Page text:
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Families hoping for Christmas break away face penalties over under-16 Covid app restrictions

Families planning to travel abroad this Christmas face complications over the use of the Covid app because it does not allow children to log their vaccination status.

Children under 16 are not eligible to download a Covid pass on the NHS app which would allow them to prove they are vaccinated or have tested negative.

But countries including Italy and France require adults and children over 12 to present proof they’re vaccinated or have tested negative for Covid-19 in order to enter the majority of their indoor venues and some outdoor spaces.

This means parents could be forced to fork out to have their children tested repeatedly throughout their trip in order to prove their status and gain entry to hospitality venues.

Earlier this year, Italy introduced ‘green passes’ which are awarded to those who have shown proof of vaccination or negative tests to access various venues. 

To be eligible for a pass, individuals must prove they have received at least one vaccine dose in the last nine months, recovered from COVID-19 in the last six months or tested negative in the previous 48 hours. 

Families planning to travelling abroad this Christmas face complications over the use of the Covid app because it does not allow children to log their vaccination status (file picture)

Families planning to travelling abroad this Christmas face complications over the use of the Covid app because it does not allow children to log their vaccination status (file picture)

The NHS app does not allow children under 16 to register their vaccination or Covid-19 status

The NHS app does not allow children under 16 to register their vaccination or Covid-19 status

But children under 16 from the UK will not be able to do this via the NHS app because only those over 16 are eligible to use it.

This means parents face the prospect of paying for recorded lateral flow tests every two days if they want to visit venues with their young children.

Even the prospect of testing creates its own complications as children recovering from Covid risk not passing a lateral flow test.

This is because ‘fragments of inactive virus can be persistently detected’, according to the Government’s guidance, even after a person is no longer infectious.

So even if a child tests negative ahead of a trip abroad, they will still be required to test regularly while in the country of choice in order to access venues and risk being barred if they have recently recovered from Covid but are no longer infectious.

Similarly, France also requires adults and children over the age of 12 to provide proof they are vaccinated or have tested negative for Covid to access certain venues.

This means children aged 13 to 15 must take a test every 72 hours if they wish to visit the majority of hospitality venues in France. 

Stephen Smith and his family, from Chelmsford, are due to travel to Italy but have concerns because his daughter has recently had the virus.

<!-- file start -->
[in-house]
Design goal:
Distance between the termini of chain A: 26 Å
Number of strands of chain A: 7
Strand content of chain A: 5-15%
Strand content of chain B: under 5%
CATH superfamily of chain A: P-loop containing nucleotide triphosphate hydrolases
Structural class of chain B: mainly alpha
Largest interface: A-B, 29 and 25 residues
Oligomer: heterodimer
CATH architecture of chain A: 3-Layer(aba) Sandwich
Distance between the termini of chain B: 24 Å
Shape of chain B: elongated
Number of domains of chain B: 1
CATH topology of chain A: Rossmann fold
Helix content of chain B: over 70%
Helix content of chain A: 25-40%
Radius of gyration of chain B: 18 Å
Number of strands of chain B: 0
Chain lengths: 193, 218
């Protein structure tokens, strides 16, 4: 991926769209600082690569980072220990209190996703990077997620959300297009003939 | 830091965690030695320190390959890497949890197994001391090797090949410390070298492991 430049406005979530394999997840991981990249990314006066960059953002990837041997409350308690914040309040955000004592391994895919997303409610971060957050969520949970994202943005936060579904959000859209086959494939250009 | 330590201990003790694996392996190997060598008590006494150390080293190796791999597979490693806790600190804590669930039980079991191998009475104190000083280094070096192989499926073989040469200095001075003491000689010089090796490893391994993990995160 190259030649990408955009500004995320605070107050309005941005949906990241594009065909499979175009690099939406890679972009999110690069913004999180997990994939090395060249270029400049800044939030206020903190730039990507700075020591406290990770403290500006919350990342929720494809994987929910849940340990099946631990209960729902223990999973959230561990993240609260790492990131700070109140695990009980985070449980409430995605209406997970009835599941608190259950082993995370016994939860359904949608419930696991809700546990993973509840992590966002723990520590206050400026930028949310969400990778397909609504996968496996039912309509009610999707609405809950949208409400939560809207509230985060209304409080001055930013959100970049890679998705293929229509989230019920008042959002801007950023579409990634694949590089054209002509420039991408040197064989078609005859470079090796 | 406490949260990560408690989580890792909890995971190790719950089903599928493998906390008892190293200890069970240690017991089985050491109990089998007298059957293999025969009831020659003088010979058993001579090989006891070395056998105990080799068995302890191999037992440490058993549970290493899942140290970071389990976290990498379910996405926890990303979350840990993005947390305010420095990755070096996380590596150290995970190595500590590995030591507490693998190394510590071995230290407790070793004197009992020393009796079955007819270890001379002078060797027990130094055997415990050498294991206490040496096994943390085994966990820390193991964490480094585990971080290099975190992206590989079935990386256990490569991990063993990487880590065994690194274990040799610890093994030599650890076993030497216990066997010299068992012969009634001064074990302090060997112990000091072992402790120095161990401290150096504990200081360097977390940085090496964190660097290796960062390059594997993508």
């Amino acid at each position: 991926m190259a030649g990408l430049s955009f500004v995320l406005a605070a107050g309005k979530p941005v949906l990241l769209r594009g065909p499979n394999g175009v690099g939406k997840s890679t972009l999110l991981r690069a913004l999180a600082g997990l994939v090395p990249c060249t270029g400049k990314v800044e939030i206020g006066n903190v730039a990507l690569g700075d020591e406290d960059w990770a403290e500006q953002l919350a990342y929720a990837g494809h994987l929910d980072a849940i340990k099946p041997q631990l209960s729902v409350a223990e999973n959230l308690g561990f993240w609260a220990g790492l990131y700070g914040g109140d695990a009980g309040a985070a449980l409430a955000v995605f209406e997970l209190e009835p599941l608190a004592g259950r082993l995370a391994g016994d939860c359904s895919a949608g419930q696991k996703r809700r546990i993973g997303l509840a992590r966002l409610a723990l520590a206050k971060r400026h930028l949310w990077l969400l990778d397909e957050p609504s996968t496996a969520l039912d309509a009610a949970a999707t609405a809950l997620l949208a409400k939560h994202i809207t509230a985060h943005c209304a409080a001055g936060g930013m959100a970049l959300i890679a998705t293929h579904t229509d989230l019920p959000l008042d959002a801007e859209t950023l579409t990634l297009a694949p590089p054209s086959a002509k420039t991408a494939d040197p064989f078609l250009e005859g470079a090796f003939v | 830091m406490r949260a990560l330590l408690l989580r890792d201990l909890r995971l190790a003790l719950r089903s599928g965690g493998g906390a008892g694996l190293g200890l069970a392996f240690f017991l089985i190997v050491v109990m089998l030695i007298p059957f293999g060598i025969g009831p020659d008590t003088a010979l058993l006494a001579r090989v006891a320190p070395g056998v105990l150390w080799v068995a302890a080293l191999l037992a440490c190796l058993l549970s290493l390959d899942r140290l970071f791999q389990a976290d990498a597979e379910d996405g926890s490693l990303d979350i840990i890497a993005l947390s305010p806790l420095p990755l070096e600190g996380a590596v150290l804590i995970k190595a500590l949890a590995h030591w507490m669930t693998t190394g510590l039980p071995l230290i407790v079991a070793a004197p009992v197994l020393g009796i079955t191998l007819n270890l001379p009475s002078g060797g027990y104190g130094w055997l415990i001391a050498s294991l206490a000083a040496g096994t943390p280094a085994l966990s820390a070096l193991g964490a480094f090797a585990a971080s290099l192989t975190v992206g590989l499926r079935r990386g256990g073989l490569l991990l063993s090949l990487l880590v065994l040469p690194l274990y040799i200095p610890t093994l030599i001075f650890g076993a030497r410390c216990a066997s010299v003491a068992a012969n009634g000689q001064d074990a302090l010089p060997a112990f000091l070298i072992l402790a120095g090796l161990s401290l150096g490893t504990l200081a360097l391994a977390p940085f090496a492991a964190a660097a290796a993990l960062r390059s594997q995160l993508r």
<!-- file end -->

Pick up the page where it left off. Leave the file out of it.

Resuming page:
The complications are the latest concern over the app as earlier this month it was revealed the app did not allow over-60s to register their booster jab which is required by some countries

The complications are the latest concern over the app as earlier this month it was revealed the app did not allow over-60s to register their booster jab which is required by some countries

He told the i he believed the current system was unfair, adding: ‘Because she’s recovering from Covid and it would be within 90 days [of her testing positive], my understanding is that there’s a heightened risk of a false positive if you’re testing during that period.’ 

The NHS says on its website that the ‘age limit is aligned to wider NHS services which generally consider those aged 16 and above to have sufficient maturity and capacity to make decisions relating to health care’.

But it fails to address the lack of internationally recognised means that a child under 16 can use to prove their Covid status.

Paul Charles, chief executive of the PC Agency, a travel consultancy, told the Times: ‘The government’s digital app urgently needs updating to enable children to not only show their vaccinated status domestically, at school for example, but also overseas where more border officials and restaurants require digital proof for access.

‘Vaccines should mean a return to normality, not fewer freedoms abroad. The government needs an urgent fix to the app to enable families to plan and book Christmas holidays, otherwise many will be put off.’

Earlier this month concerns were raised over the fact that the app was unable to register booster jabs.

Some countries have set expiry dates for vaccinations meaning boosters will be required to travel to the country and to gain access to certain types of venues in some destinations

Some countries have set expiry dates for vaccinations meaning boosters will be required to travel to the country and to gain access to certain types of venues in some destinations

As some countries, including Austria and Israel, are setting time limits on the validity of vaccinations, proof of boosters could become a requirement to travel to some European destinations. 

For example in France, from next month, those aged over 65 will be required to have a booster jab if they wish to visit hospitality venues including restaurants and museums. 

Similar to under 16s, if you do not have proof of this, you will need to pay for a test every 72 hours if you wish to visit the majority of venues. 

Other countries that have set expiry dates for the validity of vaccinations include Switzerland, Croatia, Vietnam and China. 

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